institute’s prospects for business development through acceler-
ated membership and seminar participation.
To achieve these goals, in late 2007 the institute set out the
requirements for the web experience. The exchange would need
a workspace for posting all seminar-related information and
links to myriad content sources on related topics. Community
members would need to share their profiles and connect with
each other through email and instant messaging. A feedback
mechanism was also needed so the organization would better
understand clients’ learning requirements. And users had to
have ways to build knowledge bases collaboratively.
Solution requirements aligned nicely with IBM social software.
Together with an IBM Business Partner, the institute created
an online experience that provides a comprehensive environ-
ment for Web 2.0 social networking, information exchange,
document management and collaboration. At the heart is IBM
Connections, which contributes support for user profiles,
blogs, wikis, shared bookmarks and other social activities.
These are complemented by email, instant messaging, docu-
ment management and web conferencing capabilities sup-
ported by the broader IBM social collaboration portfolio.
Network users, by invitation only, are gently encouraged to
complete their personal profiles. They then choose how to par-
ticipate, what to display in their profiles and how they want to
be contacted. Each user is then routed to a “microsite,” a com-
munity defined by the subject areas and attendees of a related
seminar. Each seminar-based community is equipped with a
wealth of social tools, as well as Really Simple Syndication
(RSS) newsfeeds, legal documents and a network of legal blog-
gers. Seminar attendees can view and interact with fellow stu-
dents, download course materials, query the faculty and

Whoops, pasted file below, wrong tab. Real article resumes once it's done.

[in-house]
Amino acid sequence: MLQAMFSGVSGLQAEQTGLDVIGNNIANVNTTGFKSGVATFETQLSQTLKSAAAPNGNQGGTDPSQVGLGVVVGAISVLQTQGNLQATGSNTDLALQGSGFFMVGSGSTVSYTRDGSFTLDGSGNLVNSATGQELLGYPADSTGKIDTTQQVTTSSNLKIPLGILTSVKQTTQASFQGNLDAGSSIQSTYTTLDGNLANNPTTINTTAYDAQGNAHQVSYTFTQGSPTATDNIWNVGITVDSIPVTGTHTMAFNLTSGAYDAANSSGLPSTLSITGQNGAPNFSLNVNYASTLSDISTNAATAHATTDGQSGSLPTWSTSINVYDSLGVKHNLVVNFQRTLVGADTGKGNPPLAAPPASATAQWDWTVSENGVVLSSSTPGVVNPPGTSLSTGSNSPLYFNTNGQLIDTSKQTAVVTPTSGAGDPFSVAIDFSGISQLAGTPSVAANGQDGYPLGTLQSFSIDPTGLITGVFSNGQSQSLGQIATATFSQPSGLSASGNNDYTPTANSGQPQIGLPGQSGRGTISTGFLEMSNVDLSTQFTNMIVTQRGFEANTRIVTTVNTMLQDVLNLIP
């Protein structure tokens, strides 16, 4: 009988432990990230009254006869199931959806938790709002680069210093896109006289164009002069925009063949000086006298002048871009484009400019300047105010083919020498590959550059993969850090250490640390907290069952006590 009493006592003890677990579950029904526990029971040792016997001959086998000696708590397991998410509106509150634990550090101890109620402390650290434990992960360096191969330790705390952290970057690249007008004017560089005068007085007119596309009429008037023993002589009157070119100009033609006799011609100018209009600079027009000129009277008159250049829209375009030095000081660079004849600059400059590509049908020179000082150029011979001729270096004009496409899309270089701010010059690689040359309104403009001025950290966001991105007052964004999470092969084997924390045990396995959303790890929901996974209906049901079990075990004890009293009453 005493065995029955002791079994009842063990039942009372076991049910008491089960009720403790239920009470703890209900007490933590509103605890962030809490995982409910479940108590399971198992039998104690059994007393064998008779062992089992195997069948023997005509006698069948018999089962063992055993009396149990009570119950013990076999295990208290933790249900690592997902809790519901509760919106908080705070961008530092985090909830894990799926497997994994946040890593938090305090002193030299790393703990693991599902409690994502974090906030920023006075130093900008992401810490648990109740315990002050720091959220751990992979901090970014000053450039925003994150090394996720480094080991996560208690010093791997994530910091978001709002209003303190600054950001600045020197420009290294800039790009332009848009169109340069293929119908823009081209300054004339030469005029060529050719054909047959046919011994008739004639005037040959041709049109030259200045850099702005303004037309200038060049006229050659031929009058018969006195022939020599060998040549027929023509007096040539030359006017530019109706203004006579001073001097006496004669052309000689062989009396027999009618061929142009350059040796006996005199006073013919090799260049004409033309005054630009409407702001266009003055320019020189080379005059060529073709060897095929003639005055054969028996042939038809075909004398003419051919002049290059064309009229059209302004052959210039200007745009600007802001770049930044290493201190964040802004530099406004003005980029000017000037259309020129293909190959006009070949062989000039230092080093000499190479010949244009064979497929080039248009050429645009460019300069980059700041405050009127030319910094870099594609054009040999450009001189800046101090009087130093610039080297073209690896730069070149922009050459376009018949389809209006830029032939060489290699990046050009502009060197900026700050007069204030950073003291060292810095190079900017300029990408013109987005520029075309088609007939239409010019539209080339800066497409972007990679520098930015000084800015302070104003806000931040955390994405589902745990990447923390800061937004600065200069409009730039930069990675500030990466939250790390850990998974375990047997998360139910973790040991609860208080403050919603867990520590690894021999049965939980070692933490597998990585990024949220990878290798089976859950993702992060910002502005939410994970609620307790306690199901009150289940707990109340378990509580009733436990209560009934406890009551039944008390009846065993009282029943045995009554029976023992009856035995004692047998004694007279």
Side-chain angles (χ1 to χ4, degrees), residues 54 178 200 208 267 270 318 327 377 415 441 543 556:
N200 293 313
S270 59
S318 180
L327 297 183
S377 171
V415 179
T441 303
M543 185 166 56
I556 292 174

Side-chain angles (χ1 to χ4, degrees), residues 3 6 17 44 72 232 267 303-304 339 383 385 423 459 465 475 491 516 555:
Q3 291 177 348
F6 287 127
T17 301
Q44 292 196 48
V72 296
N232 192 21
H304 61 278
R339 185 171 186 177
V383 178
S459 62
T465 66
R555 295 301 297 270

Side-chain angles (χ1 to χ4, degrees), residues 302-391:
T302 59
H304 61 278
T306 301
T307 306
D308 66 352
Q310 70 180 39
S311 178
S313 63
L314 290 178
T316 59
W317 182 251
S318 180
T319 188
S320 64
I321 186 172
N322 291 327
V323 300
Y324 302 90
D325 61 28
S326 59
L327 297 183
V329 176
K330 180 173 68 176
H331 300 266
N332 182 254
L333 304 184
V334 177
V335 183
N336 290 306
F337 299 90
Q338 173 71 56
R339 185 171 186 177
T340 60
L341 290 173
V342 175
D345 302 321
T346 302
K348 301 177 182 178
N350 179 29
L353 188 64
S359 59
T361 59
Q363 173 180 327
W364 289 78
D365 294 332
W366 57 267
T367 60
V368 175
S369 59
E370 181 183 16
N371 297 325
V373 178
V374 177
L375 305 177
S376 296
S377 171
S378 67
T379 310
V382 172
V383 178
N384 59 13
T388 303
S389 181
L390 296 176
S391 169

conduct further research. Faculty can review the profiles of
course registrants, perhaps adapting course material as a result.
After the seminar, the seminar-based communities live on.
Handouts and course materials are available, and students are
polled for feedback that will shape future programs. Members
can continue to generate and share knowledge through wikis
and blogs. They also can cultivate newly developed relation-
ships for a variety of career-enhancing purposes.
A social network for the legal community has helped the insti-
tute achieve its primary mission of furthering members’ educa-
tion and professional growth. Currently, thousands of
attorneys participate, including in-house council from most of
the Fortune 1000 companies, as well as partners and associates
from leading law firms.
Community members do the following:
• Stay engaged, returning again and again
• Locate expertise and get answers to questions
• Identify new career opportunities and market their skills
After utilizing social networking tools from IBM, the institute
has experienced a positive growth in the client base of up to
1.25 percent per day. This rate of increase represents more
members for seminars, more expertise to share in online com-
munities, and more networking potential for the growing
As one community member said, “The use of Web 2.0 tech-
nology makes it easy for associates to avail themselves of a
user-friendly and sophisticated platform that permits them to
learn from each other, network with their colleagues and estab-
lish and maintain business relationships.”
Project 5 results: growth in the client base of up to 1.25 percent
Taking the social business initiative
The business value that the organizations highlighted in this
paper expect to attain is distinct and measurable. Yet none of
these companies are becoming a social business overnight. The
transformation to social business is a journey.
Still, there’s advantage to be gained by getting started as soon
as possible. Your organization has the opportunity to jump in
front of its competitors by deploying social software now—
whether you’re interesting in building stronger relationships
with customers or achieving new levels of innovation and effi-
ciency. The biggest risk is to wait.
The IBM social collaboration platform provides an exceptional
set of solutions and services for becoming a social business. IBM
Connections software is the centerpiece of our leading social
collaboration offerings, which also include IBM Lotus®
and IBM Lotus Sametime®
software. Our social tools span the
spectrum of workplace and marketplace interactions and can
be integrated into key business processes or deployed as stand-
alone applications. If needed, your organization can also tap
into our broad industry, governance and consulting expertise
to help ensure you get the most value from your investment.
For more information
To learn more about how you can use IBM Connections solu-
tions to make the transformation to a social business, contact
your IBM sales representative or IBM Business Partner, or visit: